First, we have vastly increased the proportion of our population in prisons. The United States now incarcerates people at a rate nearly five times that of the world average. In part, that’s because the number of people in prison for drug offenses rose roughly from 41,000 in 1980 to nearly 500,000 today . Until the war on drugs, our incarceration rate was roughly the same as that of other countries.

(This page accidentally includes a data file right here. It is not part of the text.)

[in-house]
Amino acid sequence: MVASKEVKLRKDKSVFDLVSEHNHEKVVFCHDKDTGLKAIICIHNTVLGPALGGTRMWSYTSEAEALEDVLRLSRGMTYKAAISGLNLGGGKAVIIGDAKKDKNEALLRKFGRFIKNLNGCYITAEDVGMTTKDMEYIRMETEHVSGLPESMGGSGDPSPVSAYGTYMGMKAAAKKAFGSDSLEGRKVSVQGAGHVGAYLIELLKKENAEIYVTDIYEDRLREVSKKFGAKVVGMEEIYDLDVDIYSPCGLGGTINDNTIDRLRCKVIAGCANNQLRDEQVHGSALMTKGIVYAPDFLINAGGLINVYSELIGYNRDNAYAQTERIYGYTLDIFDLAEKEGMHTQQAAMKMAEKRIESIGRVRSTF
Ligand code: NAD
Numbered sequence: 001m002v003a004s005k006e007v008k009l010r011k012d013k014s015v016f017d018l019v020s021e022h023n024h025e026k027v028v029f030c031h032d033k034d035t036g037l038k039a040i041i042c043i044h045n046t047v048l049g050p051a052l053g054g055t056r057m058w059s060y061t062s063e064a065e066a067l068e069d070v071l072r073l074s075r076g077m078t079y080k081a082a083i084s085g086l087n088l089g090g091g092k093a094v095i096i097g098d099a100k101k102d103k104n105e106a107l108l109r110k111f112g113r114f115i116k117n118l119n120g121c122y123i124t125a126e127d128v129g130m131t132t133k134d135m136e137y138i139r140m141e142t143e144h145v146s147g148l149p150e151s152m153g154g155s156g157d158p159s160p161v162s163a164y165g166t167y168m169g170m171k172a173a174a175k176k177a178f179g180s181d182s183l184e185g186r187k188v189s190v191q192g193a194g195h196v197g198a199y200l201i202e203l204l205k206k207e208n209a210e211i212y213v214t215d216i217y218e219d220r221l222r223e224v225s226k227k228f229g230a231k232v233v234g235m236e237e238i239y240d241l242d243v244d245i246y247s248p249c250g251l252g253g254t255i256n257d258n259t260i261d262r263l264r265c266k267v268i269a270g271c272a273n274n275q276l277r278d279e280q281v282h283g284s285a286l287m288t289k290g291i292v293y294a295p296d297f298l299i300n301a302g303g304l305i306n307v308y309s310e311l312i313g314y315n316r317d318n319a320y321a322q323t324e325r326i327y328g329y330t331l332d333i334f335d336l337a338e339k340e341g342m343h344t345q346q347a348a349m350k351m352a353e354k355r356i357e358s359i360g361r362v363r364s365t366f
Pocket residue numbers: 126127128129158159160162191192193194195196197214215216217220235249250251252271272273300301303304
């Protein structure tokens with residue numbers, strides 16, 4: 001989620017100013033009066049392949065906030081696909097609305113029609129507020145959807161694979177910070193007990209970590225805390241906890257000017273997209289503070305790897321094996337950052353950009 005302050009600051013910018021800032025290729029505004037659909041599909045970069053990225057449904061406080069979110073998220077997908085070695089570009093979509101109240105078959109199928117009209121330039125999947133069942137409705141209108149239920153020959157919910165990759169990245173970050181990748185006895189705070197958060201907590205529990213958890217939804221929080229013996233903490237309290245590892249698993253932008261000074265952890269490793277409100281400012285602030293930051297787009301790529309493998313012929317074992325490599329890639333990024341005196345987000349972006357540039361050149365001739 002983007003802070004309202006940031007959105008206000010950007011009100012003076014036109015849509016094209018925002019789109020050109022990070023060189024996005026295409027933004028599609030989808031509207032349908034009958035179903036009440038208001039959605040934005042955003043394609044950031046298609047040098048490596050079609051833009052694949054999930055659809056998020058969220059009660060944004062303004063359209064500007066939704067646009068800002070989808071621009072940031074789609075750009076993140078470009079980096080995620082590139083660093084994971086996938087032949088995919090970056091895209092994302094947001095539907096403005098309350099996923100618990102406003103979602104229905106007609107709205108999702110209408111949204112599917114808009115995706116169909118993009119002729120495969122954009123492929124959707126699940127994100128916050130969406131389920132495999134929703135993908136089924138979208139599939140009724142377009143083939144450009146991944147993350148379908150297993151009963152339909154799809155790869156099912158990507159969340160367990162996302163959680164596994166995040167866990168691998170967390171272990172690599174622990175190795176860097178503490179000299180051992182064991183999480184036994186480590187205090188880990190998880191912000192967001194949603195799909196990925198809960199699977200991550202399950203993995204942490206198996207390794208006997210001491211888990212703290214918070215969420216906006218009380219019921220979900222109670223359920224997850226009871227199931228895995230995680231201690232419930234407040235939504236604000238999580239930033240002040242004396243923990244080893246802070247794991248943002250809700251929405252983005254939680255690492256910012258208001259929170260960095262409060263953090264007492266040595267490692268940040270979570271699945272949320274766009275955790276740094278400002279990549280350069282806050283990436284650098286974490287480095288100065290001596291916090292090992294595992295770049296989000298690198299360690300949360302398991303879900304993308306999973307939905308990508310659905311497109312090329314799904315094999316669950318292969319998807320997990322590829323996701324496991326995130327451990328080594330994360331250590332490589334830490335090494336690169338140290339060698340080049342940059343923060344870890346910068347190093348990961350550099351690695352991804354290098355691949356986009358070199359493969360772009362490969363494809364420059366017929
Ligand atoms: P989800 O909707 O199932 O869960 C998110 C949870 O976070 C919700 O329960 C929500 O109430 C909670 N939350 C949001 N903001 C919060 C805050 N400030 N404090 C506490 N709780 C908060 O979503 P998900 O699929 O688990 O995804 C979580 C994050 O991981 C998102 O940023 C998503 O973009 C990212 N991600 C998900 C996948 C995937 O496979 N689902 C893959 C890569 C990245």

Second, we have empowered criminals at home and terrorists abroad. One reason many prominent economists have favored easing drug laws is that interdiction raises prices, which increases profit margins for everyone, from the Latin drug cartels to the Taliban. Former presidents of Mexico, Brazil and Colombia this year jointly implored the United States to adopt a new approach to narcotics, based on the public health campaign against tobacco.
Read more from "Drugs Won the War" here